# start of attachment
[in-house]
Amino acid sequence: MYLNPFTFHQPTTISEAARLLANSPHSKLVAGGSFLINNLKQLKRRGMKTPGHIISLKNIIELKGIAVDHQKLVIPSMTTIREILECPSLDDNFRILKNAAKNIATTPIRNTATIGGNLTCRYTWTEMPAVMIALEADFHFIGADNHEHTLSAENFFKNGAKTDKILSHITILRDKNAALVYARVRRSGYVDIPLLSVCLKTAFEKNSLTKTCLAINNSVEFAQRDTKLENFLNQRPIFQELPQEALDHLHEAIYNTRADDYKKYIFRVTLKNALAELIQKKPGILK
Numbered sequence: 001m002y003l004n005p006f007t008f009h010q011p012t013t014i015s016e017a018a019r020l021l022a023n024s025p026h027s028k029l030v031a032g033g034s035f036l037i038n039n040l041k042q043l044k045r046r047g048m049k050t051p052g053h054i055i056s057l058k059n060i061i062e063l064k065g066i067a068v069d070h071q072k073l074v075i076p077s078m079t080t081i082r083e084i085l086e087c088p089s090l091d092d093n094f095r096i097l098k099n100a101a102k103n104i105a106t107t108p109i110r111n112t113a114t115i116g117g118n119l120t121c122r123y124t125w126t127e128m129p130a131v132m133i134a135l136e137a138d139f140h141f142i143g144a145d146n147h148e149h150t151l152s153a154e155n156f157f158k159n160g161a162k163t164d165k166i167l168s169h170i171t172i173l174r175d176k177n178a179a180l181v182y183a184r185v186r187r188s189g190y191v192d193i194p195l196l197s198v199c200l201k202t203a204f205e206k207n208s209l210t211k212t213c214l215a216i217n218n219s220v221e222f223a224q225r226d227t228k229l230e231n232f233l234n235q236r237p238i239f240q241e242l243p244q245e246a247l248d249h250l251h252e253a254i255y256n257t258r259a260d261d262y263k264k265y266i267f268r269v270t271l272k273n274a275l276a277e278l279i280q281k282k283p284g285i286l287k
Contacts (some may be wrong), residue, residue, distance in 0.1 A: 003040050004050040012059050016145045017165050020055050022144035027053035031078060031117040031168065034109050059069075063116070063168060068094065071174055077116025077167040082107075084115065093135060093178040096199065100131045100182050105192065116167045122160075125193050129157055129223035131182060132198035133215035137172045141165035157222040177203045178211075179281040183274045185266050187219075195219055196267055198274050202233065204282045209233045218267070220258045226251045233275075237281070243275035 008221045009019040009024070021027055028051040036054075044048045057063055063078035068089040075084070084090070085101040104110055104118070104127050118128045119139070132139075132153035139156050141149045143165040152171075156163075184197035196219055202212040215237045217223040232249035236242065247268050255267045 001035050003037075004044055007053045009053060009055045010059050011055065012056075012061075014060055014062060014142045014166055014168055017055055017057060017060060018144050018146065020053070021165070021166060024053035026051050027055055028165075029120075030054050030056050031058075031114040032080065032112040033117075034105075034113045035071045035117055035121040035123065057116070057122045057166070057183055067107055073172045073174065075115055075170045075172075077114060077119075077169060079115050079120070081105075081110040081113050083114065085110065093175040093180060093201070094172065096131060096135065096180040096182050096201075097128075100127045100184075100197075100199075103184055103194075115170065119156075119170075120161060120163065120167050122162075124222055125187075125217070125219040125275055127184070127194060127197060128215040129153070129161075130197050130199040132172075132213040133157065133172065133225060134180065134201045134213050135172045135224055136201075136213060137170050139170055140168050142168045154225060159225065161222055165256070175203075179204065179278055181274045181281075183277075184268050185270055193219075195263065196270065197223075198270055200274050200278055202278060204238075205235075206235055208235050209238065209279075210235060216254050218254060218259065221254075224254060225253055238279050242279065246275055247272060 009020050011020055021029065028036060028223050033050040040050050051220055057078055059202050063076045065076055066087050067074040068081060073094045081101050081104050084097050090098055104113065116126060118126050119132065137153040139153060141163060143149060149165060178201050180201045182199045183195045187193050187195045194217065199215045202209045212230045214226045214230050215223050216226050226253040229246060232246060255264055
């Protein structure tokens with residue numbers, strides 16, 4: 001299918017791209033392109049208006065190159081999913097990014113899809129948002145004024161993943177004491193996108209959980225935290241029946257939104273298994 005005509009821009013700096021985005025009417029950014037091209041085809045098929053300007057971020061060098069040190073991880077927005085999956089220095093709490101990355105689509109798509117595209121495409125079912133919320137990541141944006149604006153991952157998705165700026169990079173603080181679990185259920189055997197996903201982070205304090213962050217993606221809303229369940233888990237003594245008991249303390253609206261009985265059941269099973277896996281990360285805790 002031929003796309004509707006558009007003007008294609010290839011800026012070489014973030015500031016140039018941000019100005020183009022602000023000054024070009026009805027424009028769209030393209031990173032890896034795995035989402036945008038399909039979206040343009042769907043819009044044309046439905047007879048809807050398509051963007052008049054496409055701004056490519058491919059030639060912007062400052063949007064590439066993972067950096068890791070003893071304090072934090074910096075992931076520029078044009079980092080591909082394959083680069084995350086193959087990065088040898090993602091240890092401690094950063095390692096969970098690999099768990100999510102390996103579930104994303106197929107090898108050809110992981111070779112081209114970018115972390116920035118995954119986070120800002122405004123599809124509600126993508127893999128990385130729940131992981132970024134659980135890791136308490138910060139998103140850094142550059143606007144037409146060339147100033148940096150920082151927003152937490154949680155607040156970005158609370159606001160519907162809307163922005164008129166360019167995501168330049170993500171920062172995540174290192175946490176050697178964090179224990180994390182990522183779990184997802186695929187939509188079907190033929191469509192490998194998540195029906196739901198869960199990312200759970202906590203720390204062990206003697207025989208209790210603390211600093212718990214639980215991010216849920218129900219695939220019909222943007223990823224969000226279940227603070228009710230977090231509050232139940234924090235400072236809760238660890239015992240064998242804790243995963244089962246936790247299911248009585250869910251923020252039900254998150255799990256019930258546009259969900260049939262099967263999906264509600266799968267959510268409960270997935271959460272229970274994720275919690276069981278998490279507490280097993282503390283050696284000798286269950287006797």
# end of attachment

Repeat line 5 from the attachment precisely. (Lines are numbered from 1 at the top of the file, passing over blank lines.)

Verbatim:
């Protein structure tokens with residue numbers, strides 16, 4: 001299918017791209033392109049208006065190159081999913097990014113899809129948002145004024161993943177004491193996108209959980225935290241029946257939104273298994 005005509009821009013700096021985005025009417029950014037091209041085809045098929053300007057971020061060098069040190073991880077927005085999956089220095093709490101990355105689509109798509117595209121495409125079912133919320137990541141944006149604006153991952157998705165700026169990079173603080181679990185259920189055997197996903201982070205304090213962050217993606221809303229369940233888990237003594245008991249303390253609206261009985265059941269099973277896996281990360285805790 002031929003796309004509707006558009007003007008294609010290839011800026012070489014973030015500031016140039018941000019100005020183009022602000023000054024070009026009805027424009028769209030393209031990173032890896034795995035989402036945008038399909039979206040343009042769907043819009044044309046439905047007879048809807050398509051963007052008049054496409055701004056490519058491919059030639060912007062400052063949007064590439066993972067950096068890791070003893071304090072934090074910096075992931076520029078044009079980092080591909082394959083680069084995350086193959087990065088040898090993602091240890092401690094950063095390692096969970098690999099768990100999510102390996103579930104994303106197929107090898108050809110992981111070779112081209114970018115972390116920035118995954119986070120800002122405004123599809124509600126993508127893999128990385130729940131992981132970024134659980135890791136308490138910060139998103140850094142550059143606007144037409146060339147100033148940096150920082151927003152937490154949680155607040156970005158609370159606001160519907162809307163922005164008129166360019167995501168330049170993500171920062172995540174290192175946490176050697178964090179224990180994390182990522183779990184997802186695929187939509188079907190033929191469509192490998194998540195029906196739901198869960199990312200759970202906590203720390204062990206003697207025989208209790210603390211600093212718990214639980215991010216849920218129900219695939220019909222943007223990823224969000226279940227603070228009710230977090231509050232139940234924090235400072236809760238660890239015992240064998242804790243995963244089962246936790247299911248009585250869910251923020252039900254998150255799990256019930258546009259969900260049939262099967263999906264509600266799968267959510268409960270997935271959460272229970274994720275919690276069981278998490279507490280097993282503390283050696284000798286269950287006797």